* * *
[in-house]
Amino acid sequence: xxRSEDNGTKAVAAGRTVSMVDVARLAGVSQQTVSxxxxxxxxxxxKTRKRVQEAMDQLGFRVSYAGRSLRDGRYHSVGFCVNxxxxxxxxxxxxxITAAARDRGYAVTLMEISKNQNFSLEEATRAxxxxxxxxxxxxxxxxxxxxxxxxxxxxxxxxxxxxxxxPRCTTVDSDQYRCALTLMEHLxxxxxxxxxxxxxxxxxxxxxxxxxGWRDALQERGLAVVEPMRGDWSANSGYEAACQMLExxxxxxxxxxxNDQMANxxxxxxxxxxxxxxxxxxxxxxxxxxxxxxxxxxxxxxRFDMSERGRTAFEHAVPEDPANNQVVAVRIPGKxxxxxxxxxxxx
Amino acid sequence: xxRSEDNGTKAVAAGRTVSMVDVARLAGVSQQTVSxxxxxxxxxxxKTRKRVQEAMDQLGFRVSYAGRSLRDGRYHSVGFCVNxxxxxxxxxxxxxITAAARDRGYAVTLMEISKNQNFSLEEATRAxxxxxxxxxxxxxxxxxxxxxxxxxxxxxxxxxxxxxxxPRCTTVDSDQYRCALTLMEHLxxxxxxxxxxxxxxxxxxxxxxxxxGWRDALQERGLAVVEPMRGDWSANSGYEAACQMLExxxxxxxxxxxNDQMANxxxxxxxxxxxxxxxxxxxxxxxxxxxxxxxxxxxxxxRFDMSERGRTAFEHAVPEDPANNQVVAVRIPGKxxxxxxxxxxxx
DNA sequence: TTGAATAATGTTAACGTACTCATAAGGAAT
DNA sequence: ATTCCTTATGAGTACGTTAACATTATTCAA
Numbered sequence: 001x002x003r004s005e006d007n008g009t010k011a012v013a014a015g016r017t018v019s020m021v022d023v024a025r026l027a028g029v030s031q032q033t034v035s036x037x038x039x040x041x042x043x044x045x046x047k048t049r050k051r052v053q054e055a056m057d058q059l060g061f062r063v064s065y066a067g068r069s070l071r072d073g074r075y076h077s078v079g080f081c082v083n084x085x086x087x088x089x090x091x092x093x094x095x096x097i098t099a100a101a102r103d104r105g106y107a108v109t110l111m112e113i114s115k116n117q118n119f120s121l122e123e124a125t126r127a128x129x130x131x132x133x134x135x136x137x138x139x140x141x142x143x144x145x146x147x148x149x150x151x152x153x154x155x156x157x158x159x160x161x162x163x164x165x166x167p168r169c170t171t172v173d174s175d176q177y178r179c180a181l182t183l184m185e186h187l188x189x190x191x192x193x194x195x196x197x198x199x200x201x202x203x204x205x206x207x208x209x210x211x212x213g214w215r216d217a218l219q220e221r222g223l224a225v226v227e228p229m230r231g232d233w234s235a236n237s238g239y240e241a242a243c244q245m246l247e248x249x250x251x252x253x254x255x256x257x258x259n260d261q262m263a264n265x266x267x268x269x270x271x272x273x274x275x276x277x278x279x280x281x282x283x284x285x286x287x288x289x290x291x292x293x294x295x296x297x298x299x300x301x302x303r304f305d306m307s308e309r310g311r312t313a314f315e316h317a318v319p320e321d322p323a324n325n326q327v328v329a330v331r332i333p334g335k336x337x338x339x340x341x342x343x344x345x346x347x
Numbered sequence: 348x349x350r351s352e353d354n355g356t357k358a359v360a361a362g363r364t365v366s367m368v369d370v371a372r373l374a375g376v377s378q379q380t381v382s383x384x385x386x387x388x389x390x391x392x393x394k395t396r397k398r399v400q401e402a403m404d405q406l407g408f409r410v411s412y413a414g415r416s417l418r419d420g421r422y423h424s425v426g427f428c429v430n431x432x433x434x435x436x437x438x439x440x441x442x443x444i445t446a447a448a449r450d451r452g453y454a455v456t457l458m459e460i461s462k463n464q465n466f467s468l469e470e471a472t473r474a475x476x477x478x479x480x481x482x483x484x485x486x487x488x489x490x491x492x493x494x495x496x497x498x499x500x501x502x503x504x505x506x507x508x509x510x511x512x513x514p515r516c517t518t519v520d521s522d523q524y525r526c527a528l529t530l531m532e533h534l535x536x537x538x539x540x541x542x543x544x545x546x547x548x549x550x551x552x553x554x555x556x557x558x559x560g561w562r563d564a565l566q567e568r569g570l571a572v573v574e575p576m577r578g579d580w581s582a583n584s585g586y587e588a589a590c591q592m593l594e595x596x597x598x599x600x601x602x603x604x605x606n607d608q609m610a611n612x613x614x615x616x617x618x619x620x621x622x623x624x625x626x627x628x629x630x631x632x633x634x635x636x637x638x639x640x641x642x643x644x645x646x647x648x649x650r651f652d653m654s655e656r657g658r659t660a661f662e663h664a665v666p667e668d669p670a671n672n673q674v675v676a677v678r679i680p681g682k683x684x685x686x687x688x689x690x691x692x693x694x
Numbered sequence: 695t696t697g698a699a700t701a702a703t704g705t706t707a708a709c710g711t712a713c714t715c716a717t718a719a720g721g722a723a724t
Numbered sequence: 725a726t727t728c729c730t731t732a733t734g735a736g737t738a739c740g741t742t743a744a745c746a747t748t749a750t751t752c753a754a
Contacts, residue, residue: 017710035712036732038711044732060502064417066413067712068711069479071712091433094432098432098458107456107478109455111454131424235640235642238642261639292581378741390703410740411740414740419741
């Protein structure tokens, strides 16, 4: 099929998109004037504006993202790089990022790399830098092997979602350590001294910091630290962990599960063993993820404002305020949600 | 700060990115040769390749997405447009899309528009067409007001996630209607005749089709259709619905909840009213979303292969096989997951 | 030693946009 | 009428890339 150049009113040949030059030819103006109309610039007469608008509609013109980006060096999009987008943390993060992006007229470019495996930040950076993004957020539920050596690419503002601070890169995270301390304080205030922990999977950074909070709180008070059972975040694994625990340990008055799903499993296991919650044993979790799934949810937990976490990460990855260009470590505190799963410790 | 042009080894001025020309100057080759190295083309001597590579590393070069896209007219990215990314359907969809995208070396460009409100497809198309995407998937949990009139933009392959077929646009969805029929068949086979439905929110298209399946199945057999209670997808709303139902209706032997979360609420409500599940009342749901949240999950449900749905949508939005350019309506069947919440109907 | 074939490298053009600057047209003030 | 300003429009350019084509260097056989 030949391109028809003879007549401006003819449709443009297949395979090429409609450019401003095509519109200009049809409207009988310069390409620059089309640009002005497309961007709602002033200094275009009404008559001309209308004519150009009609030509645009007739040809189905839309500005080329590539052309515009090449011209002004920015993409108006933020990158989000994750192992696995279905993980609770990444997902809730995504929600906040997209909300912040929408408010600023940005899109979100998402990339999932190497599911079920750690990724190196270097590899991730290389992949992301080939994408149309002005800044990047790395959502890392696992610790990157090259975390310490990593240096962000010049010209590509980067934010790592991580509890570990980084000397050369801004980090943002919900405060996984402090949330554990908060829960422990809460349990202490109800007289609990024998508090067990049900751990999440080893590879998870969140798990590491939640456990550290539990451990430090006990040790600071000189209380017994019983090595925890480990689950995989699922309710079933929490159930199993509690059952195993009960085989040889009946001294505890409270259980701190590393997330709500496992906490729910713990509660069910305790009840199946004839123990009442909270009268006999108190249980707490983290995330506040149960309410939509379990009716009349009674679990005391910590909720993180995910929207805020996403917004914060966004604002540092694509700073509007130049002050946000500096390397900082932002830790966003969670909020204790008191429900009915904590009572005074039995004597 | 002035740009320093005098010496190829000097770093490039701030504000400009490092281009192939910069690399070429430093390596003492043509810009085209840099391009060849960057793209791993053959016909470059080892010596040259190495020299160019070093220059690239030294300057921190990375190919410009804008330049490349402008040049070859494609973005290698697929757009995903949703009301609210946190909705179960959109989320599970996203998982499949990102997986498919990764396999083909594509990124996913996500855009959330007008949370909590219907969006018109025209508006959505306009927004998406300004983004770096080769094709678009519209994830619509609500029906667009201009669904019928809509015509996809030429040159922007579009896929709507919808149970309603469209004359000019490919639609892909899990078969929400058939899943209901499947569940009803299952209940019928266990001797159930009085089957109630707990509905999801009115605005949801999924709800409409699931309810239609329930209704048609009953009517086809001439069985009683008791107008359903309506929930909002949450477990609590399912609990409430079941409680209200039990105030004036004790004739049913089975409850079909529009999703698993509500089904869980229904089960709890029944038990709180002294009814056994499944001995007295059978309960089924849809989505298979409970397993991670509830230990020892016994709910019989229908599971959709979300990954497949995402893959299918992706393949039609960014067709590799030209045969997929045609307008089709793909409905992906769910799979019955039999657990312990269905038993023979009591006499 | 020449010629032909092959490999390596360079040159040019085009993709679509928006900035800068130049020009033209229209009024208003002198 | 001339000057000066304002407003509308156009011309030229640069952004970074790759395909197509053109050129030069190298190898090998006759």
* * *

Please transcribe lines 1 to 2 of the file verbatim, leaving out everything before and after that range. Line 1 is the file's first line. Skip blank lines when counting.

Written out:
[in-house]
Amino acid sequence: xxRSEDNGTKAVAAGRTVSMVDVARLAGVSQQTVSxxxxxxxxxxxKTRKRVQEAMDQLGFRVSYAGRSLRDGRYHSVGFCVNxxxxxxxxxxxxxITAAARDRGYAVTLMEISKNQNFSLEEATRAxxxxxxxxxxxxxxxxxxxxxxxxxxxxxxxxxxxxxxxPRCTTVDSDQYRCALTLMEHLxxxxxxxxxxxxxxxxxxxxxxxxxGWRDALQERGLAVVEPMRGDWSANSGYEAACQMLExxxxxxxxxxxNDQMANxxxxxxxxxxxxxxxxxxxxxxxxxxxxxxxxxxxxxxRFDMSERGRTAFEHAVPEDPANNQVVAVRIPGKxxxxxxxxxxxx